Take my first office on Pleasant Street, for example. During my short era in town the bottom floor has been an insurance agency, a video store, a carpet store, a record shop, an Indian restaurant, a saloon and a hair salon. A little suite on the second floor was occupied by a dentist and then a lawyer and now a career counselor. A few weeks after I moved out of the top floor in the early 80s, I went back to find my video room converted to a B'hai Temple. In the old days, George Washington stayed in a tavern across the street. It burned, was rebuilt, burned again. I knew it as the Elk's Club Lodge. Today it's an auction house. I've seen the garage next door become a pottery shop, an ad agency, a real estate office, a cyber café - all gone now.
Like shifting partners in our sexually "liberated" era, the downtown faces change with fast-forward speed. Each new tenant arrives, brimming with dreams, flush with borrowed cash and dizzy with hope. I know; I've been there time and again. Within three years, most small businesses are dead. For all the fuss we make about our historic houses around here, it's the commercial buildings that see most of the action. Some of these great old homes haven't been lived in for a hundred years. Next door, scores maybe hundreds of companies may have come and gone. I'd bet this town can count ten mercantile ghosts to every residential one.
And there's no end in sight. Today the Szechuan Taste is Tequila Jacks, The Codfish Aristocracy, once a home saved from North end urban renewal, is Cafe Mediterranean. Ye Olde Post Office building now sells sushi, while the new Post has been replaced by a newer one. The hardware store has become Shalimar Indian Restaurant. Victory Spa is Victory Antiques. Green's Drug Store was a bank, then Federal Cigar, now Starbucks. The stately old Custom House will soon be Shoofly Pie, a kids bookstore. Two venerable former banks in Market Square now sell crafts and clothes. Teddy's Lunch is Café Brioche. Moe's Sandwiches, once next to the old pawn shop is now City and Country. Moe moved a block away to the site of the former travel agency (and his real name is Phil, anyway). The Kearsage Hotel is a deli and place selling running apparel. There's no more Ranger Club, no more Golden Memories, no Excalibur and now even Elvis, the teen club, has left the building.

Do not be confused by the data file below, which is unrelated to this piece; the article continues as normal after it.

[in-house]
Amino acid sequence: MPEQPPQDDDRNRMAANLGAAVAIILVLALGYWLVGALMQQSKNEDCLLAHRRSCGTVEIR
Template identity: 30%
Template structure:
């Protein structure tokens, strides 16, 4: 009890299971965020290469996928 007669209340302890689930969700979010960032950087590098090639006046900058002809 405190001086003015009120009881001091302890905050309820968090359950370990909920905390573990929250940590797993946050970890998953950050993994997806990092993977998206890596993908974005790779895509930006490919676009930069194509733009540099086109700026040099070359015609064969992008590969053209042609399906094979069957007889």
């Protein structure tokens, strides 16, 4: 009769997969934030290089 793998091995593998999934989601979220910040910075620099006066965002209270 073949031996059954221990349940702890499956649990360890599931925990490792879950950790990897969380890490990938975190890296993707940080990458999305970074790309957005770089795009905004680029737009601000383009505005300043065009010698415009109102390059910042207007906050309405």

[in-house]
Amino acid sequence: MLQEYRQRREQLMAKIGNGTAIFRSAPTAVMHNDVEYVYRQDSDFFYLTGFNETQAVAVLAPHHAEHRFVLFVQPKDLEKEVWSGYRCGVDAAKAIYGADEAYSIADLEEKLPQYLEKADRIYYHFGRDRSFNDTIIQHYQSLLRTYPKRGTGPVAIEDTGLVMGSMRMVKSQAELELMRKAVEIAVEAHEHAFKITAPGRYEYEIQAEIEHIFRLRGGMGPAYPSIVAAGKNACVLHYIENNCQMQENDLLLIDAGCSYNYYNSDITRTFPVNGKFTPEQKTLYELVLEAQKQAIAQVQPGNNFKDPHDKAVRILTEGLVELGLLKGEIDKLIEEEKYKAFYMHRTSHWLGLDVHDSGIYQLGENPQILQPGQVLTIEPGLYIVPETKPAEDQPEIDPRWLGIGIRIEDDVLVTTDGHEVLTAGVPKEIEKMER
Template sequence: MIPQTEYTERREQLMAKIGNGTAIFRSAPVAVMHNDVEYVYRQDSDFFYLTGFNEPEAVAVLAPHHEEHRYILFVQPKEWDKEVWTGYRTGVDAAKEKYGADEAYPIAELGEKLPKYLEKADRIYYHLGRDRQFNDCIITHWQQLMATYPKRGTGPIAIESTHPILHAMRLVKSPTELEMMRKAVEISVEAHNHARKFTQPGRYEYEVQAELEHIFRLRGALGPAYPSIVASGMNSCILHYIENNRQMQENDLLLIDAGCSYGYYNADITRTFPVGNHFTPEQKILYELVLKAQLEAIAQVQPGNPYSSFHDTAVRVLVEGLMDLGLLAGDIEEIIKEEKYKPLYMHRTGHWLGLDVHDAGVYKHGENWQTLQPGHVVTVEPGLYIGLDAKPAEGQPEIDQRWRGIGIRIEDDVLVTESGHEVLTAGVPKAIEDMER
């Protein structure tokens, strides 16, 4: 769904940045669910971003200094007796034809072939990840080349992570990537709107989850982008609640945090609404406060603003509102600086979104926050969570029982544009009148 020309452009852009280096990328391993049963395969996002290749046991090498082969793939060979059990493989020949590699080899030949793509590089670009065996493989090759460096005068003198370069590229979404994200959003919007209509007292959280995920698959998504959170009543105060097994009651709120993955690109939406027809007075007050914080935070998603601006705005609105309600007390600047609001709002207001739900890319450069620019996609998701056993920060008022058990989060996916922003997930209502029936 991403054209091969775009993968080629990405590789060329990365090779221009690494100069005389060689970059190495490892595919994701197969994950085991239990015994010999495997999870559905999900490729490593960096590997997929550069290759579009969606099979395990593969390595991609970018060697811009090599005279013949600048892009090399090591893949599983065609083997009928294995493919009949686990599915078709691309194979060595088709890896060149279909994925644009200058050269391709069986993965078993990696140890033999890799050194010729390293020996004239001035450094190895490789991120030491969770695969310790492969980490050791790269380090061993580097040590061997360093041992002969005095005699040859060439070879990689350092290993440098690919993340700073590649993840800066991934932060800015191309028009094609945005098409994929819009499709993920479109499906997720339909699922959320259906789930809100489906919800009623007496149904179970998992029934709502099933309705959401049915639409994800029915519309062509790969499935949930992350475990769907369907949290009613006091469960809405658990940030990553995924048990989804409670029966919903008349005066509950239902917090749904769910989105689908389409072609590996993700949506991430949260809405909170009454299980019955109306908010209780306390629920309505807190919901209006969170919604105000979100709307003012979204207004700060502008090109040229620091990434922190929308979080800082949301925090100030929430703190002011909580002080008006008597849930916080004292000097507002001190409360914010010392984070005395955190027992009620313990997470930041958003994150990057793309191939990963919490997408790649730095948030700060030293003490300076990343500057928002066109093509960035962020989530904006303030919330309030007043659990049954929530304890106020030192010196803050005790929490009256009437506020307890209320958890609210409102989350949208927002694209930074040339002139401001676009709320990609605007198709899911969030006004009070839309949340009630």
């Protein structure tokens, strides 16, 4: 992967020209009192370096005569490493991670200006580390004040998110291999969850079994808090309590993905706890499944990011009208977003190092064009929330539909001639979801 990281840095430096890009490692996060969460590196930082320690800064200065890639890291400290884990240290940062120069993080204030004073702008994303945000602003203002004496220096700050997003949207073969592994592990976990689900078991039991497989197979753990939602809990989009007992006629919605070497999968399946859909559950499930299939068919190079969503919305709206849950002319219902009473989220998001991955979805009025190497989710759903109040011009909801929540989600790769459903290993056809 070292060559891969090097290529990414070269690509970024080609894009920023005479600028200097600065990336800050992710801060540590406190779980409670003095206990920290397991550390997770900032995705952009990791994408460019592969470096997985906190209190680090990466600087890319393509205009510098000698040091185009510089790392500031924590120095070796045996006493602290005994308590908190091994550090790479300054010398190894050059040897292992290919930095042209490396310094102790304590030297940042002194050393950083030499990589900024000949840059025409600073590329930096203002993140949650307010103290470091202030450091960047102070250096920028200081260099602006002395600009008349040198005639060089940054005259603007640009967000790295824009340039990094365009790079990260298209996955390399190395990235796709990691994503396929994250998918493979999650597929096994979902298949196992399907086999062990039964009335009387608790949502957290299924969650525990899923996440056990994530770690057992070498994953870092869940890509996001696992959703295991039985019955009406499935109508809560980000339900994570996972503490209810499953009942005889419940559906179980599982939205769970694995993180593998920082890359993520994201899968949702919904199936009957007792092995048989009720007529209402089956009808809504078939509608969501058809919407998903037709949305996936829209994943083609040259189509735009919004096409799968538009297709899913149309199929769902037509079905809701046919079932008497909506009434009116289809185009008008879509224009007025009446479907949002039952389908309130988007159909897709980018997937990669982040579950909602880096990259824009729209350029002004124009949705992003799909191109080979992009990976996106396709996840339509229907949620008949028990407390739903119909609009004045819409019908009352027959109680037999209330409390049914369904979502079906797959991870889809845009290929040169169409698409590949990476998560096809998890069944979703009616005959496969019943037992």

Nineteenth century journalist Charles Brewster who started this column long before me, was proud to say that he walked around the planet without ever leaving downtown Portsmouth. I'm not far behind him, but sometimes I get lost a block from the office. Things are so different.
And it's the same all over town. A power plant becomes a prestigious office building, a warehouse is now a costly condo, a school becomes a city hall, which then moves into an abandoned hospital building. We are, as Richard Candee reminds us in his book "Building Portsmouth," a city of recycled structures. Rarely do we see a new building, like the ones at 10 Pleasant Street or 100 Middle. They are exceptions to the rules of rehab, refurb, rehash and renovate. That's why, despite all the change, Portsmouth looks so much like it did in 1800.
But looks are deceiving. We are slowly being re-engineered for the future. You can see it when you study the old photos. This is a softer city, despite the return of brick and granite and cobblestone. Sidewalks are widening to accommodate the flow of tourists. Obstructions are being removed -- replaced by information kiosks and cops on bikes. Gutters are gone, wires go underground, trees spring up, antique lamp posts rise, flowers bloom, public bathrooms disappear. Even the minute droppings of our last remaining horses never hit the pavement. Things smell better. The salty air is filled with freshly ground coffee, baked breads, exotic foods.
The only thing that hasn't changed, it seems, is my salary. But the
ride is worth every penny. Stay put, Franz Kafka once said. Don't
move. The world will come and grovel itself at your feet. That's
certainly true in downtown Portsmouth. I don't miss the topless
waitress, but I sure loved that old rent.
By J. Dennis Robinson
© 1999 SeacoastNH.com
Early photo courtesy of the Portsmouth Athenaeum.
Other photos by J. Dennis Robinson
Don't miss Dennis Robinson's new column "Seacoast Rambles" every other week in Foster's Sunday Citizen at your local newsstand.